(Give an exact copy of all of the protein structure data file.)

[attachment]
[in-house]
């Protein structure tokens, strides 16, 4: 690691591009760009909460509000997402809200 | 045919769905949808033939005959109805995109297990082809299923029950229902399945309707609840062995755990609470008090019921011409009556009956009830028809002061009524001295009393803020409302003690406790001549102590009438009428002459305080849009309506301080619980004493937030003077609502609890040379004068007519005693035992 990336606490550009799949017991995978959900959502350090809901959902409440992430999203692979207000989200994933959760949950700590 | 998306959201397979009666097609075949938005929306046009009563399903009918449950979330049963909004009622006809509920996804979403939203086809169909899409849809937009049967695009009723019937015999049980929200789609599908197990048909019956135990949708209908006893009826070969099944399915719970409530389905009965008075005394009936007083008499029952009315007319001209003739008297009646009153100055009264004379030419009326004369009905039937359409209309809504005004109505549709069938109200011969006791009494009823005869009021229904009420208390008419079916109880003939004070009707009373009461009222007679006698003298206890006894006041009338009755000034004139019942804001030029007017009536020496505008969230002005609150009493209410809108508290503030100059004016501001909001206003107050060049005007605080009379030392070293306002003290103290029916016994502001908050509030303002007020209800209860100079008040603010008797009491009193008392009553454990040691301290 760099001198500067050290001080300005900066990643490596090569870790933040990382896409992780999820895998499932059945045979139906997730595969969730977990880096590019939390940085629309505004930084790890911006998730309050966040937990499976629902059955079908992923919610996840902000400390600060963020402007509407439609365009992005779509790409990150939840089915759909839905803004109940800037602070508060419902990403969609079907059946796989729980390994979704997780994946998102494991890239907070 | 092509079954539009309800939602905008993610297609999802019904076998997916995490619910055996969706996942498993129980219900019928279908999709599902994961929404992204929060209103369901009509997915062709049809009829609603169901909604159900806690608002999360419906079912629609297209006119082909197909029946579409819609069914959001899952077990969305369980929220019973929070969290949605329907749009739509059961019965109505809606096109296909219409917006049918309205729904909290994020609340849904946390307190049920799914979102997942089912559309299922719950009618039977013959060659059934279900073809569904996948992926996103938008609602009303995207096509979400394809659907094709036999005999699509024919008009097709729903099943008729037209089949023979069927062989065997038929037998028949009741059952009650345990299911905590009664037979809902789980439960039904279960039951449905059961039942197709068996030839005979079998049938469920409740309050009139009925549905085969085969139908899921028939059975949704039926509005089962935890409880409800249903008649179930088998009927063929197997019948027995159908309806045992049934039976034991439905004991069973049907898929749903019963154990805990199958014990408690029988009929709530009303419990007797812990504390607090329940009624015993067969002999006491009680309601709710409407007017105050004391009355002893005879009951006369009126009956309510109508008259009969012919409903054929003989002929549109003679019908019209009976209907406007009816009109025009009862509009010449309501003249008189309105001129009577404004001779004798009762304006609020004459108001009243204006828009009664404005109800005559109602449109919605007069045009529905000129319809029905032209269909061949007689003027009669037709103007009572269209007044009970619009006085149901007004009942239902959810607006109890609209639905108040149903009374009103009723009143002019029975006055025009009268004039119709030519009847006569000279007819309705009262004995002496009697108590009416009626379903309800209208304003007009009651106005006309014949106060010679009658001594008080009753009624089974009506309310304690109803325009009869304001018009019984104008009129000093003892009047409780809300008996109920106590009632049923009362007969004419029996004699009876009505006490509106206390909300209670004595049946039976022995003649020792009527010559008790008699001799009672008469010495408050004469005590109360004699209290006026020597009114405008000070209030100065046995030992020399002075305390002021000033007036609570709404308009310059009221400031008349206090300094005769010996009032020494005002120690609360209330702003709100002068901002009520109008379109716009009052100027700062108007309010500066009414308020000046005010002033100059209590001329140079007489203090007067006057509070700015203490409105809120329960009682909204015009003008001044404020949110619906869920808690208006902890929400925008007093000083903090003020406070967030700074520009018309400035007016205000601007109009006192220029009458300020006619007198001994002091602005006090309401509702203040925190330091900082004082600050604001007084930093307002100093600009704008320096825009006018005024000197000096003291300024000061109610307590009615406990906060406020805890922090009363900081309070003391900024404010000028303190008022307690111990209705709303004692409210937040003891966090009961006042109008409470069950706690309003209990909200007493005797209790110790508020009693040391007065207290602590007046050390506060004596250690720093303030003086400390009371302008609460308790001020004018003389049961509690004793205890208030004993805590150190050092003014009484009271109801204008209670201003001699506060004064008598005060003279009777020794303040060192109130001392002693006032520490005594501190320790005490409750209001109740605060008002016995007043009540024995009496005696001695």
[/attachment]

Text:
[in-house]
């Protein structure tokens, strides 16, 4: 690691591009760009909460509000997402809200 | 045919769905949808033939005959109805995109297990082809299923029950229902399945309707609840062995755990609470008090019921011409009556009956009830028809002061009524001295009393803020409302003690406790001549102590009438009428002459305080849009309506301080619980004493937030003077609502609890040379004068007519005693035992 990336606490550009799949017991995978959900959502350090809901959902409440992430999203692979207000989200994933959760949950700590 | 998306959201397979009666097609075949938005929306046009009563399903009918449950979330049963909004009622006809509920996804979403939203086809169909899409849809937009049967695009009723019937015999049980929200789609599908197990048909019956135990949708209908006893009826070969099944399915719970409530389905009965008075005394009936007083008499029952009315007319001209003739008297009646009153100055009264004379030419009326004369009905039937359409209309809504005004109505549709069938109200011969006791009494009823005869009021229904009420208390008419079916109880003939004070009707009373009461009222007679006698003298206890006894006041009338009755000034004139019942804001030029007017009536020496505008969230002005609150009493209410809108508290503030100059004016501001909001206003107050060049005007605080009379030392070293306002003290103290029916016994502001908050509030303002007020209800209860100079008040603010008797009491009193008392009553454990040691301290 760099001198500067050290001080300005900066990643490596090569870790933040990382896409992780999820895998499932059945045979139906997730595969969730977990880096590019939390940085629309505004930084790890911006998730309050966040937990499976629902059955079908992923919610996840902000400390600060963020402007509407439609365009992005779509790409990150939840089915759909839905803004109940800037602070508060419902990403969609079907059946796989729980390994979704997780994946998102494991890239907070 | 092509079954539009309800939602905008993610297609999802019904076998997916995490619910055996969706996942498993129980219900019928279908999709599902994961929404992204929060209103369901009509997915062709049809009829609603169901909604159900806690608002999360419906079912629609297209006119082909197909029946579409819609069914959001899952077990969305369980929220019973929070969290949605329907749009739509059961019965109505809606096109296909219409917006049918309205729904909290994020609340849904946390307190049920799914979102997942089912559309299922719950009618039977013959060659059934279900073809569904996948992926996103938008609602009303995207096509979400394809659907094709036999005999699509024919008009097709729903099943008729037209089949023979069927062989065997038929037998028949009741059952009650345990299911905590009664037979809902789980439960039904279960039951449905059961039942197709068996030839005979079998049938469920409740309050009139009925549905085969085969139908899921028939059975949704039926509005089962935890409880409800249903008649179930088998009927063929197997019948027995159908309806045992049934039976034991439905004991069973049907898929749903019963154990805990199958014990408690029988009929709530009303419990007797812990504390607090329940009624015993067969002999006491009680309601709710409407007017105050004391009355002893005879009951006369009126009956309510109508008259009969012919409903054929003989002929549109003679019908019209009976209907406007009816009109025009009862509009010449309501003249008189309105001129009577404004001779004798009762304006609020004459108001009243204006828009009664404005109800005559109602449109919605007069045009529905000129319809029905032209269909061949007689003027009669037709103007009572269209007044009970619009006085149901007004009942239902959810607006109890609209639905108040149903009374009103009723009143002019029975006055025009009268004039119709030519009847006569000279007819309705009262004995002496009697108590009416009626379903309800209208304003007009009651106005006309014949106060010679009658001594008080009753009624089974009506309310304690109803325009009869304001018009019984104008009129000093003892009047409780809300008996109920106590009632049923009362007969004419029996004699009876009505006490509106206390909300209670004595049946039976022995003649020792009527010559008790008699001799009672008469010495408050004469005590109360004699209290006026020597009114405008000070209030100065046995030992020399002075305390002021000033007036609570709404308009310059009221400031008349206090300094005769010996009032020494005002120690609360209330702003709100002068901002009520109008379109716009009052100027700062108007309010500066009414308020000046005010002033100059209590001329140079007489203090007067006057509070700015203490409105809120329960009682909204015009003008001044404020949110619906869920808690208006902890929400925008007093000083903090003020406070967030700074520009018309400035007016205000601007109009006192220029009458300020006619007198001994002091602005006090309401509702203040925190330091900082004082600050604001007084930093307002100093600009704008320096825009006018005024000197000096003291300024000061109610307590009615406990906060406020805890922090009363900081309070003391900024404010000028303190008022307690111990209705709303004692409210937040003891966090009961006042109008409470069950706690309003209990909200007493005797209790110790508020009693040391007065207290602590007046050390506060004596250690720093303030003086400390009371302008609460308790001020004018003389049961509690004793205890208030004993805590150190050092003014009484009271109801204008209670201003001699506060004064008598005060003279009777020794303040060192109130001392002693006032520490005594501190320790005490409750209001109740605060008002016995007043009540024995009496005696001695």